And why is this occurring? It is because of the negative gearing for taxation treatment interacting with the capital gains. So what we see now is a very large number of landlords happy to lose money on their annual returns from their rental property; they are speculating that they will get a significant capital gain that they will then receive a 50 per cent discount on when they sell that property. The Reserve Bank, in its testimony at our hearings in Sydney, has said that there is no doubt this is a factor in the massive price explosion post-1999 and that there was a case for reviewing the treatment of negative gearing and interaction with capital gains tax. Most experts in this sector not in the pay of the property sector agree with this analysis. You just have to look at the fact that rental yields, on average, are well below share yields. If a rational investor saw a gap between how much they would make off their rental property and how much off investing in shares, they would flow to shares as the better asset class. They are not doing that because of the capital gains tax discount and their long-term speculation.

There is no economic justification to privilege capital gains over other income streams. There is no economic justification. They are all forms of income. They should all be treated equally. It demonstrates the in-built class bias of the conservatives in this country. This is the real class war, where they reward the owners of capital over workers who receive income, in general, for their labour, rather than as a capital gain. And who benefits from this? The discount on capital gains tax costs taxpayers $4 billion a year, and 75 per cent of that benefit goes to the top 10 per cent of income earners—75 per cent to the top 10 per cent of income earners. Negative gearing costs $3.7 billion a year, and 50 per cent of that goes to the top 20 per cent of income earners. This is clearly unaffordable and massively inequitable.

By contrast, Labor has developed a sensible policy to tackle housing unaffordability, principally by limiting negative gearing to new housing stock. Investors should be welcome to negatively gear if it increases the housing supply by investing in new housing. And we will reduce the capital gains tax discount to 25 per cent, which effectively deals with real capital gains, rather than nominal capital gains through inflation. Importantly, we will grandfather existing investments so we do not change the tax treatment for people who have made decisions already. This is a sensible policy directed at tackling housing unaffordability, unlike the view of the Liberal coalition government.

I would like to deal with a few myths that have been perpetuated in this debate—firstly, that the negative gearing and capital gains tax concessions are driving new housing supply. This is patently wrong. As we have seen, new housing has fallen from 18 per cent of home loans to six per cent. Secondly, the myth that the experience of the mid-1980s, when negative gearing was abolished, somehow lead to massive rent rises is absolutely wrong. Treasury, in their evidence to our committee, confirmed that there was no case for someone to make that conclusion. Rents went up in Sydney and Perth because of the finance and mining boom; rents fell in Brisbane, Melbourne and Adelaide. Rental price increases roughly tracked the general price increase. Thirdly, the myth that the benefits of negatively gearing disproportionately go to low-income earners is patently wrong. I have already outlined the distributional benefit, and the RBA testified in our hearings that most of the people, if not all of the people, with very low taxable income who claim negative gearing and capital gains tax discounts are actually wealthy retirees who have most of their income exempt due to another decision from Peter Costello.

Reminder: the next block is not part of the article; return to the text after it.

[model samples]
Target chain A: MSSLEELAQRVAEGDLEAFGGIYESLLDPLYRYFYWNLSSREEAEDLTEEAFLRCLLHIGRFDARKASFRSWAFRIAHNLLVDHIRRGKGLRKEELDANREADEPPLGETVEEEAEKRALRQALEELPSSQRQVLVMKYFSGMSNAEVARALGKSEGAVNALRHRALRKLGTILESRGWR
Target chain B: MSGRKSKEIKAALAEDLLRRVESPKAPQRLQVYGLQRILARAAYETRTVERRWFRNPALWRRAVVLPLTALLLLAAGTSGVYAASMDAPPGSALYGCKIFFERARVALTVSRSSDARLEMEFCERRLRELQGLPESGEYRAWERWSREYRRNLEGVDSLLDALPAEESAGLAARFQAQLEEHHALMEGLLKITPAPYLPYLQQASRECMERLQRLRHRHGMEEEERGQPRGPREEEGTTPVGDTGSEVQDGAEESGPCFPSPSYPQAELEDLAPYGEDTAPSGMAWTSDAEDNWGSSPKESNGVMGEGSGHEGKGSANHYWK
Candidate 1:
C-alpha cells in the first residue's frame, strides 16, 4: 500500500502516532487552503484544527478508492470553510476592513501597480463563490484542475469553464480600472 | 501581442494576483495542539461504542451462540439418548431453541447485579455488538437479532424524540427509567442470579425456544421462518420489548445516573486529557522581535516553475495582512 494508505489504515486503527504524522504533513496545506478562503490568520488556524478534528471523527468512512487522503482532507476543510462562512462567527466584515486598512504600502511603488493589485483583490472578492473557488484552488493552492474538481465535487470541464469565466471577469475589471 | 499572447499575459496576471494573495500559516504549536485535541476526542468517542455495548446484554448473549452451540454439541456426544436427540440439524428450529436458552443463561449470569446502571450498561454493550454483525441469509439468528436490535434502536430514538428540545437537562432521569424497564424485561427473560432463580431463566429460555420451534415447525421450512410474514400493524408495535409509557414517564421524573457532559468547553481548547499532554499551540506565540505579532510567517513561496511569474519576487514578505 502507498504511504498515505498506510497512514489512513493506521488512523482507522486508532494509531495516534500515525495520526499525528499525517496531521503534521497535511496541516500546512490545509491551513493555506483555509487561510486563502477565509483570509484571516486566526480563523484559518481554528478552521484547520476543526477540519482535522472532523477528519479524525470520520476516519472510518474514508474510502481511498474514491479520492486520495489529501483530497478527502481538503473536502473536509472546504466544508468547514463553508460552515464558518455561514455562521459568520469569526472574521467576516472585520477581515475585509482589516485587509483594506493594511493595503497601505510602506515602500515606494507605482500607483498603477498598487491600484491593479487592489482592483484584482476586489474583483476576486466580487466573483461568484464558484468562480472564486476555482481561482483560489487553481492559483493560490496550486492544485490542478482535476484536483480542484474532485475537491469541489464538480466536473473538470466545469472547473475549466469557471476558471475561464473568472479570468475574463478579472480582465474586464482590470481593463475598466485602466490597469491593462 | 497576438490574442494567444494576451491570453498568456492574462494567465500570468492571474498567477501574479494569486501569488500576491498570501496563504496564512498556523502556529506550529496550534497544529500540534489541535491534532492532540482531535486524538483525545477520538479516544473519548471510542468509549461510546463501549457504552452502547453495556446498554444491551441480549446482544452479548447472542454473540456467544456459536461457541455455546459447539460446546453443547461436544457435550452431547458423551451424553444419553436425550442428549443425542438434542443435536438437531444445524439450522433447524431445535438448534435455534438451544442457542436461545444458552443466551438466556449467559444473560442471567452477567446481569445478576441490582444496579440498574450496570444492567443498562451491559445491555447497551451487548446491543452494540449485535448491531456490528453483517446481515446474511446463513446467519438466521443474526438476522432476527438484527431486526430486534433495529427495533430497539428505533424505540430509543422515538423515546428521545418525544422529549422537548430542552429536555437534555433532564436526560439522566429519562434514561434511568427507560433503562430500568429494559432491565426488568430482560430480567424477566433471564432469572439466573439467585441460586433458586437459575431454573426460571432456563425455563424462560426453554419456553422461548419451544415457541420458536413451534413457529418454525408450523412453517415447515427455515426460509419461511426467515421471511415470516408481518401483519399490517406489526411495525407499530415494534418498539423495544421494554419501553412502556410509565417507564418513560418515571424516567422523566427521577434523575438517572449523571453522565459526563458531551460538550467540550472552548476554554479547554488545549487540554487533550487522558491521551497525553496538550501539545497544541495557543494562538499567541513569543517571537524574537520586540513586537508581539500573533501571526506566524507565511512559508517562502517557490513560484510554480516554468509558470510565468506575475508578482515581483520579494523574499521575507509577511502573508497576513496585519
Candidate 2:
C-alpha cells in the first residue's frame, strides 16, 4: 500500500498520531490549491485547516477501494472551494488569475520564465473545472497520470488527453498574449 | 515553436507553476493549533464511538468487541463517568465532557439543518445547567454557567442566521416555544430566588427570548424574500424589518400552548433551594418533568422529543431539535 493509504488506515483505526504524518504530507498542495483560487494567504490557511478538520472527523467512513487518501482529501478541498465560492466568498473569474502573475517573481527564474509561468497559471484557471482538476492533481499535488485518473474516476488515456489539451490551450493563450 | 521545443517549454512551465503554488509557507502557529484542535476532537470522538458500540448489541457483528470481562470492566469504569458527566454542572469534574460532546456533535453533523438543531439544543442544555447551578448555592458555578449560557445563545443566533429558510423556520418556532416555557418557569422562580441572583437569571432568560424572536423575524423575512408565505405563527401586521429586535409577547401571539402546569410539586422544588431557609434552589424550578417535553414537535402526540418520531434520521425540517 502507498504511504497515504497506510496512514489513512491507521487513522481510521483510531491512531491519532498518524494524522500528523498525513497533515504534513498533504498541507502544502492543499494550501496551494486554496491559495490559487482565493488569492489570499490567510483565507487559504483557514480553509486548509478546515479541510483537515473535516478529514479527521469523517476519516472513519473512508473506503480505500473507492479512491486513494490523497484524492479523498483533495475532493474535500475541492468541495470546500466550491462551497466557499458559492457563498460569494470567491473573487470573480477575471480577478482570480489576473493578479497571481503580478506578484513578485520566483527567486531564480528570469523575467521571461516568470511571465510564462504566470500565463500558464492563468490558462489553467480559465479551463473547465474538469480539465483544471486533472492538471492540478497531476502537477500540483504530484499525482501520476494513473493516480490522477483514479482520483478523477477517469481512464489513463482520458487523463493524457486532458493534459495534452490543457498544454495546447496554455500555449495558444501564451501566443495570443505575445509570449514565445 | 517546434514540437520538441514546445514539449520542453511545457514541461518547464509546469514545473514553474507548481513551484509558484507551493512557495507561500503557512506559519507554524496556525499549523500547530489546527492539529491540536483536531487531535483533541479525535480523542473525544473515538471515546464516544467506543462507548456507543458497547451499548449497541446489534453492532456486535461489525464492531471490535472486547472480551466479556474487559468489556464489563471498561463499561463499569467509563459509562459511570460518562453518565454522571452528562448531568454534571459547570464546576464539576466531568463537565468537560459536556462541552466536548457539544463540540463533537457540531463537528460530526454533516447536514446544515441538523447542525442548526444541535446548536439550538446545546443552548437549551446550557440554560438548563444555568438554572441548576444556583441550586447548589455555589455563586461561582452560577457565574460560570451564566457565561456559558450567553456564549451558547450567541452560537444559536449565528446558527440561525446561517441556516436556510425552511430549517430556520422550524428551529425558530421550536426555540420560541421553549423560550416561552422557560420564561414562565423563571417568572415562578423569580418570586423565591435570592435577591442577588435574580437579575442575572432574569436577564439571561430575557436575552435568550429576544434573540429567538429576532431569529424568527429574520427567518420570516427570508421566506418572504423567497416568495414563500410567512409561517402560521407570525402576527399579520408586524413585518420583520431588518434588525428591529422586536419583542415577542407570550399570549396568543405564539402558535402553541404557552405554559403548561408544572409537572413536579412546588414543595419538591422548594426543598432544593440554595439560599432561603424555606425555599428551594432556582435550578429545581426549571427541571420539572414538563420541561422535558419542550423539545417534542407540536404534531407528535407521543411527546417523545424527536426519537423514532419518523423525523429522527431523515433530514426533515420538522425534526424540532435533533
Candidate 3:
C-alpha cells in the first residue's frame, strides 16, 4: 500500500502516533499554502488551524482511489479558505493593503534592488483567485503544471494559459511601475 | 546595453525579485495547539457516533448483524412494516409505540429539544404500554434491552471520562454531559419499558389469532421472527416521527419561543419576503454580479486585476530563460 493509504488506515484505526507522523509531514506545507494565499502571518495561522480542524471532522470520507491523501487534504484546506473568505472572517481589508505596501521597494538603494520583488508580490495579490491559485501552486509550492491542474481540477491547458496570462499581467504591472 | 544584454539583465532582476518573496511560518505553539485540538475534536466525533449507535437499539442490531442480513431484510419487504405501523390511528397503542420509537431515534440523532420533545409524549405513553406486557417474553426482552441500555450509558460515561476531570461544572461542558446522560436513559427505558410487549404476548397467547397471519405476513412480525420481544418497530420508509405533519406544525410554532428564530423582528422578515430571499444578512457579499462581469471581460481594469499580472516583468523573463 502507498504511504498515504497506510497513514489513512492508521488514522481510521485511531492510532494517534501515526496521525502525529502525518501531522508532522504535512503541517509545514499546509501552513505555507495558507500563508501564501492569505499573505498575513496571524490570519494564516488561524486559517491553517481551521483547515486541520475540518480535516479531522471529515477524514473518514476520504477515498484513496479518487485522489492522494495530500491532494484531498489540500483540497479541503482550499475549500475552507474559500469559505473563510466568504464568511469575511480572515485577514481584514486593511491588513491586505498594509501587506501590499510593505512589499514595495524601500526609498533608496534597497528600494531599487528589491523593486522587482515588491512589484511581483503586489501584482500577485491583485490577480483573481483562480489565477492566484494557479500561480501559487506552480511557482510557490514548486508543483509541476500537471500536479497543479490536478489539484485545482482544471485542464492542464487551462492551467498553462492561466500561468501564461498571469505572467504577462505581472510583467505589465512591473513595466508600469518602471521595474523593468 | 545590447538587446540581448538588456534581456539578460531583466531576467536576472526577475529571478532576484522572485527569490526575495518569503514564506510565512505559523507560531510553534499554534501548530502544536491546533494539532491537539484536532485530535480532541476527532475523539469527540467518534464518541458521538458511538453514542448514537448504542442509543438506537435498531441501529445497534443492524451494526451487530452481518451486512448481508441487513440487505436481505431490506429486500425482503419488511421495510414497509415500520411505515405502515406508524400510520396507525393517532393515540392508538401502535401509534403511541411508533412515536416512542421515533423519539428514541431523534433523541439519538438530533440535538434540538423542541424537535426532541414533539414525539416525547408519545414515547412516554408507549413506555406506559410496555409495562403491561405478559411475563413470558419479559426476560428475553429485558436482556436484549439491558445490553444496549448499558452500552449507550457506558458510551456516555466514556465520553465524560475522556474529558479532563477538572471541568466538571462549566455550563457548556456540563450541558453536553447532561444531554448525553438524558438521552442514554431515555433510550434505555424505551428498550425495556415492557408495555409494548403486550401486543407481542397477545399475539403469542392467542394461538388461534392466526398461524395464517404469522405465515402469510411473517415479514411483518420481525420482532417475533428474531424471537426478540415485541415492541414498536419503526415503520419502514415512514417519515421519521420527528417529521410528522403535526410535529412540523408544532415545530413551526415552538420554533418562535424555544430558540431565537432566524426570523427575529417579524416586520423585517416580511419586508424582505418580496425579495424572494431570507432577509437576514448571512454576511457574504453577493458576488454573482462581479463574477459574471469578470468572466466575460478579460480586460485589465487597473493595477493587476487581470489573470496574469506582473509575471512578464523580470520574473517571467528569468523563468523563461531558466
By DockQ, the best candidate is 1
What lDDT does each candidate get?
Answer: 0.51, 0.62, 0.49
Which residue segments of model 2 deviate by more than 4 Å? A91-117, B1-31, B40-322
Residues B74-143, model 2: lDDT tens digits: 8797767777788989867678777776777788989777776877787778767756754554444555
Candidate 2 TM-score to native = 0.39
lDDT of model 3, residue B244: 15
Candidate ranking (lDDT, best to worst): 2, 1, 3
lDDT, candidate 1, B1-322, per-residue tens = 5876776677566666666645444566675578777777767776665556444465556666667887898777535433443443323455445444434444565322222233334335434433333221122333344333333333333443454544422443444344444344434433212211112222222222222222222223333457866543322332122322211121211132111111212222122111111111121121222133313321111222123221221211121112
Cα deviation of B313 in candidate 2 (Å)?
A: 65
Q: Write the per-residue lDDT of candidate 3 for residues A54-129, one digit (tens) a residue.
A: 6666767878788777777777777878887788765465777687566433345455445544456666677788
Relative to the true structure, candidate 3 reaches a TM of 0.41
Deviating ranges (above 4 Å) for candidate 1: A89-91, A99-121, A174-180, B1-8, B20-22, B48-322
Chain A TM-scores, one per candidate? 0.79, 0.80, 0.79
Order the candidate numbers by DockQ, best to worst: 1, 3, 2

The Liberals' response to housing unaffordability has been a joke. Except for some voices in the wilderness, like the member for Bennelong, they have been silent or have come up with ridiculous propositions. We saw the Treasurer highlight excesses in negative gearing but then get rolled in cabinet by the Prime Minister, in a vain attempt to gain a petty political advantage from this. Their solutions have ranged from telling workers to get a good job to having wealthy parents, or the most ridiculous of all, the Deputy Prime Minister saying people should move to Tamworth to own a new home. This is wrong. It demonstrates how economically illiterate the coalition is on this matter. Just imagine saying to a nurse or a police person in the outer suburbs of our capital cities, 'The only way you can own a new home is either by a stroke of luck of having rich parents, by giving up your job providing a vital service to our community or by moving to Tamworth.' I am sure Tamworth deserves a few more policemen and nurses but not at the expense of Sydney or Brisbane.

This is a deeply important issue. It goes to what sort of society we have: whether it is a just society that is equitable that gives average workers a chance of having the economic security of owning their own homes. It is a serious debate. Labor is taking it seriously by putting forward concrete solutions that have strong support in the general community. I only wish the government would come on board, take the politics out of this and try and help achieve a solution to this vital economic issue.